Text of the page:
Fayette, Missouri 65248
Fayette Rotary Club
75th Yr History by Jim Steele
70th Anniv 2007
8th Decade 2007 by Jim Steele
60th Anniv 1997
Letter -JHS 1997
Constitution 1986Walking Tour 1981
First 225 - 1980
75th Yr RI 1980
A charter from Rotary International was received here on Feb. 18, 1937 --- this after several months of groundwork had been laid by local business and professional leader.
The club actually had its beginnings with the old Fayette Kiwanis Club, which had been active in the early 1930s and then folded. Several of the former Kiwanis club members were instrumental in organizing the newly-formed Rotary organization.
Rotary had been founded in Chicago in 1905 and today is the oldest of the nation's traditional service clubs --- with Kiwanis, Lions, Optimist and others coming along in later years. Thus, the parent organization (Rotary International) already was 32 years old when Rotary came to Fayette.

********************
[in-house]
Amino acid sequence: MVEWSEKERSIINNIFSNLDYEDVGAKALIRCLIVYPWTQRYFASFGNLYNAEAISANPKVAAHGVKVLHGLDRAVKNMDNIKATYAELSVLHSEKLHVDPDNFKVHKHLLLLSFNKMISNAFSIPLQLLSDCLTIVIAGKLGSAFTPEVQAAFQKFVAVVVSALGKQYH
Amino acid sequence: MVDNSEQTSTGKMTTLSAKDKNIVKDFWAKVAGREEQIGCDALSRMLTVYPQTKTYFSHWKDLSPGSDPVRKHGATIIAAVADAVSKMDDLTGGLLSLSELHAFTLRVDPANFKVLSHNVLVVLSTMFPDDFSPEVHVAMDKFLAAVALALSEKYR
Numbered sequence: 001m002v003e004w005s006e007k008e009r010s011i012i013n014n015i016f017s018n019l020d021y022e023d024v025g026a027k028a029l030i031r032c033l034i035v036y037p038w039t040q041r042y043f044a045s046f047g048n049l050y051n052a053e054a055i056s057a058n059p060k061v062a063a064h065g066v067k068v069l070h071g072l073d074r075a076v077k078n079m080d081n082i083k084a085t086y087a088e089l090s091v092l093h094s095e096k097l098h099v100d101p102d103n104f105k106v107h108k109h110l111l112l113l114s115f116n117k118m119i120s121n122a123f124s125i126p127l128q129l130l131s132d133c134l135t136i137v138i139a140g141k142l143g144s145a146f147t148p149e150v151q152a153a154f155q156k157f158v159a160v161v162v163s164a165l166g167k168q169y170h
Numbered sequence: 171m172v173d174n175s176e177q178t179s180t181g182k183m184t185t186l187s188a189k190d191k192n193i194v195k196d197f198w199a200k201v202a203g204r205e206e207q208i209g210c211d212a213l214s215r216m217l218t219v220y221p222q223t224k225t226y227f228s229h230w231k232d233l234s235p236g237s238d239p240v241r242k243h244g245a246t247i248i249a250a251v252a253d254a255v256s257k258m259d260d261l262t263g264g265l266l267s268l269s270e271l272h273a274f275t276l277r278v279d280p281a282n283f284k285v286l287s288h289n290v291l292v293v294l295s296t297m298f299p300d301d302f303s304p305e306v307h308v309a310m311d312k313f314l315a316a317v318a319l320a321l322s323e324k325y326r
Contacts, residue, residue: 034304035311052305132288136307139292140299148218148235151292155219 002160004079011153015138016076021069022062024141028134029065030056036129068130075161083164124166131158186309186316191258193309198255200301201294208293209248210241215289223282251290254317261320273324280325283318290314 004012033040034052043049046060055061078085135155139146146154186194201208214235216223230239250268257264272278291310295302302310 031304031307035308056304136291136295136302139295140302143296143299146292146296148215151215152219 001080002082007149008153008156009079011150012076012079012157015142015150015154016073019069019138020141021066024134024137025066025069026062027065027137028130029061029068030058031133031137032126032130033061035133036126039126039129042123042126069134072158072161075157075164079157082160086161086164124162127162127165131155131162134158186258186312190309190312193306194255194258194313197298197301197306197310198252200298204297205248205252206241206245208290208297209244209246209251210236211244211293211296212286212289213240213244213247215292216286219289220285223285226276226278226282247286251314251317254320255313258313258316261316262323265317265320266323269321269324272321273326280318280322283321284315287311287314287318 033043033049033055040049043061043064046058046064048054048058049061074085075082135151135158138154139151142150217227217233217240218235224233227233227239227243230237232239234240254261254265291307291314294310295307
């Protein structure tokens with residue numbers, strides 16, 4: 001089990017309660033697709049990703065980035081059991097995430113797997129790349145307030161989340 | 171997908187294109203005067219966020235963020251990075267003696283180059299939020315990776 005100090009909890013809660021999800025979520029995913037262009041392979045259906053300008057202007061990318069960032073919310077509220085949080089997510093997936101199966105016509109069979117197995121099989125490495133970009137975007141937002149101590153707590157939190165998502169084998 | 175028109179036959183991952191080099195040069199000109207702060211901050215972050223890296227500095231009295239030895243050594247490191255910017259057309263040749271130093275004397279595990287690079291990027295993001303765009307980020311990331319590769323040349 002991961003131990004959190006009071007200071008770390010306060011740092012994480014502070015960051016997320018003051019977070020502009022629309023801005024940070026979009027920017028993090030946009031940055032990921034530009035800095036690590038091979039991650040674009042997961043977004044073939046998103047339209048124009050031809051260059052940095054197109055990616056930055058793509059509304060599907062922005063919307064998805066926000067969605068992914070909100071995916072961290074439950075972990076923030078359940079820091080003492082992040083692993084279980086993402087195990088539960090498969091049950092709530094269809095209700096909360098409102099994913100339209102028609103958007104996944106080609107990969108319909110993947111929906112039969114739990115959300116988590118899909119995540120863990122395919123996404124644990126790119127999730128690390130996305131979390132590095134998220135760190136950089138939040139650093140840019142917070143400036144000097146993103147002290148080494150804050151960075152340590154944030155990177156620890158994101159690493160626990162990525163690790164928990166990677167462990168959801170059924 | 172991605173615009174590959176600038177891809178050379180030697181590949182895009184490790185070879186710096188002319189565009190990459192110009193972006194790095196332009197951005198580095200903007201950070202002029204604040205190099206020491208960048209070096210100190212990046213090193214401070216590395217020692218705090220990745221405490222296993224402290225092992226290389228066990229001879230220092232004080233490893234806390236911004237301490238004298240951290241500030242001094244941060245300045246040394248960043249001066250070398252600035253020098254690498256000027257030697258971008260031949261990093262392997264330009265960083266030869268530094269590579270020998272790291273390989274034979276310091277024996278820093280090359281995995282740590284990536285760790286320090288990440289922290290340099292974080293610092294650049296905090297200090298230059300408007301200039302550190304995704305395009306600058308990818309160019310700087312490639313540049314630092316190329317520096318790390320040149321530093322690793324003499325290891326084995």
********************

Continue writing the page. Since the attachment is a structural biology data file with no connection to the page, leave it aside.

Although the Fayette charter was granted on Feb. 18, 1937, the big day to kick-off the new club actually came about a month later (on March 23) when more than 200 Rotarians and their wives --- it was all men in those days --- and some friends gathered for a gala evening banquet in the Methodist Parish House basement on the Central College campus.
L.E. Ziegler of the Boonville Rotary Club, which had sponsored the organization here, opened the event that night and introduced the Rotary District Governor, Lester Wikoff, of Wentworth Military Academy in Lexington. After his remarks, Wikoff presented the new charter to the Fayette club's first president, Anson B. Barber, who was then Fayette superintendent of schools. Barber in turn pledged that Fayette Rotarians would serve the community and live up to the ideals embodied in the motto, "Service Above Self."